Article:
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Nichushkin, Landeskog Situations Loom Large Over Offseason For Avalanche



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The last time the Colorado Avalanche played a game with both Gabriel Landeskog and Valeri Nichushkin in the lineup together was Game Six of the Stanley Cup Final back in 2022.

I can’t imagine that ever happens again.

Placed in Stage 3 of the Player Assistance Program and suspended a minimum of six months last week, Valeri Nichushkin won’t play another game in the NHL until at least November. If/when he does get clearance to return to the league, I can’t imagine he’ll be allowed back in that Avalanche locker room. While most of the players in the locker room said the right thing (or didn’t say much at all), you could sense the frustration in their voices.

They were let down by Nichushkin for the second season in a row during the most important time of the year. I really hope Nichushkin can get the help he needs on a personal level, but in business, you have to make tough decisions. The Avalanche simply have to find a way to move on without the big winger.

How they move on is another question entirely. The entire situation is a little murky at the moment, but Pierre Lebrun of The Athletic reported last week that what has transpired does not constitute as grounds for contract termination. Nichushkin’s salary won’t count against the cap while he’s suspended, but the second he’s reinstated, the Avalanche have to make room.

It’s not exactly easy to dump $6,125,000 in contracts on a moments notice, so until we get some clarity, it almost has to be treated like dead cap space.

Unfortunately, that’s not the only murky situation looming over the offseason for the Avalanche.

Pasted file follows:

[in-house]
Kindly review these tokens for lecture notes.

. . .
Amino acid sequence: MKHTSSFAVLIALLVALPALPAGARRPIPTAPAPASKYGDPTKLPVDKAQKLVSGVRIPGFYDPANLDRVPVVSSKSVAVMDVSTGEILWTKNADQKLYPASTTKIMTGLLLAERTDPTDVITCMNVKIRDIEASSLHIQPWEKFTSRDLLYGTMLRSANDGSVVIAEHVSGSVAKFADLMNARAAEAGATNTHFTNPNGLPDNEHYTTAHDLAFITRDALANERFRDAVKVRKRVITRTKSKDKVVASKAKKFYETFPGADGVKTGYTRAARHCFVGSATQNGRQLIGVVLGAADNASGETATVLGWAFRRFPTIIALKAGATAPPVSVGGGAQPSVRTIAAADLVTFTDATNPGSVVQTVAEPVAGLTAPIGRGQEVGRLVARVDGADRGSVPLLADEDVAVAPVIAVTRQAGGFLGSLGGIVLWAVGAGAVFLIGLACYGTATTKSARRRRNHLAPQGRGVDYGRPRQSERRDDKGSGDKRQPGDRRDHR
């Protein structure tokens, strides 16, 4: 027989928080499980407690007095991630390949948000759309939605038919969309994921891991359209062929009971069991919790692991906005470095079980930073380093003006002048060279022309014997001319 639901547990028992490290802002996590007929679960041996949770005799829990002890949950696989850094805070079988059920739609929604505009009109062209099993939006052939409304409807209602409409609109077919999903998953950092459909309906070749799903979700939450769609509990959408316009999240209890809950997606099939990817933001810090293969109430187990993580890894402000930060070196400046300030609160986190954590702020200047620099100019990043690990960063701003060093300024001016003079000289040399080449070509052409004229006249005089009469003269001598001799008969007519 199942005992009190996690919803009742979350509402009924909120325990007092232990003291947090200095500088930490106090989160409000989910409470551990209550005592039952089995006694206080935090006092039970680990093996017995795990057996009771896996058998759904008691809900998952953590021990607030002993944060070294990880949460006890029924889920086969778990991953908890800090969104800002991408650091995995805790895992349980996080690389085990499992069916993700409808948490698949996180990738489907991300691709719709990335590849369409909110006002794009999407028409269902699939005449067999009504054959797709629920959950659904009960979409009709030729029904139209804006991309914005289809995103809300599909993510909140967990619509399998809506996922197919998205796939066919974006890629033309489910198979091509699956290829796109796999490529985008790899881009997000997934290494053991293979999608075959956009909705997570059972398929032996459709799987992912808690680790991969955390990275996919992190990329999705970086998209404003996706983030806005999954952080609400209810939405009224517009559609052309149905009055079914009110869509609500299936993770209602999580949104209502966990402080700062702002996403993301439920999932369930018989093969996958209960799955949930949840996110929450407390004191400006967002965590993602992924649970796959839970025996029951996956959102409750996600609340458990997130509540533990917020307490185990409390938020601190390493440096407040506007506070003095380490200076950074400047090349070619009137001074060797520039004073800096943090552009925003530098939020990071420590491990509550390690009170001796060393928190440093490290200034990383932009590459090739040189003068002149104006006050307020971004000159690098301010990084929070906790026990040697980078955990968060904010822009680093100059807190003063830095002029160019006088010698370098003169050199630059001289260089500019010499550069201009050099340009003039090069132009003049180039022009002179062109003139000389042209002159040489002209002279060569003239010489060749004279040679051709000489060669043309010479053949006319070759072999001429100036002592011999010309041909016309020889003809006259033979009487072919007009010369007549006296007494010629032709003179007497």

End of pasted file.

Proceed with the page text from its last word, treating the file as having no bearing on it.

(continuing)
Captain Gabriel Landeskog started skating again back in January after his cartilage transplant surgery last May. Sometimes you have to trust your eyes, and my eyes were telling me he didn’t look like a guy that close to returning in recent weeks. When I asked Jared Bednar how close Landeskog got to playing, he confirmed that was the case.

“I don’t think we got close to getting him back,” Bednar said. “I think he got to the point where it was like he wasn’t going to be able to play this year so then they can be cautious and he has this summer to get ready.”

Last summer at this time, the Avalanche had clarity on what was going to happen with Landeskog the next season. He was already ruled out, and they could plan to spend that $7 million in cap space on other players. This year, they don’t have that clarity (yet), even though they really want their Captain back.

“I’m optimistic and hopeful (he can be back next season),” Bednar said. “And I’m really hoping, not just for us, but for Gabe that he’s able to play again. He wants to play. It’s been a long road for him. I’d like nothing more than to see and be able to come back and play. And I think that that can happen. If anyone can do it, Gabe can do it.”

I would love nothing more than to see Landeskog play again, and I think it will happen. Expectations have to be altered, though. If he does make it back, you can’t expect him to be the same player he was prior to the surgeries. This is a rare surgery, and no NHL player has ever come back to play after having it. If he makes it back and somehow goes back to being a 30 goal scorer, then maybe he truly is a Golden God. I’m not banking on that, though.

GM Chris MacFarland is expected to speak in the near future, and there’s no doubt that these two players will be the hottest topic of conversation. The Avalanche can’t really plan their offseason until they get some clarity with what is going on.

For a team looking to contend, that’s not a great spot to be in.

“You hate having that uncertainty because it makes it harder to plan,” Bednar said after the team lost to the Dallas Stars. “For management, for Chris and Joe like, how do you plan? They’ll get clear on those guys’ situations as best they can and then form a plan and go from there. I don’t know. I mean, you’re hoping for answers and clarity so then you can build your team around that. But it’s obviously a couple of guys that have a significant cap hit. I don’t know where all that goes this summer and how quickly they can get it sorted out for July 1 or after that. That’s a challenge. It’s a big challenge.”

Big challenge indeed, and Colorado’s status as a contender next season might depend on it.

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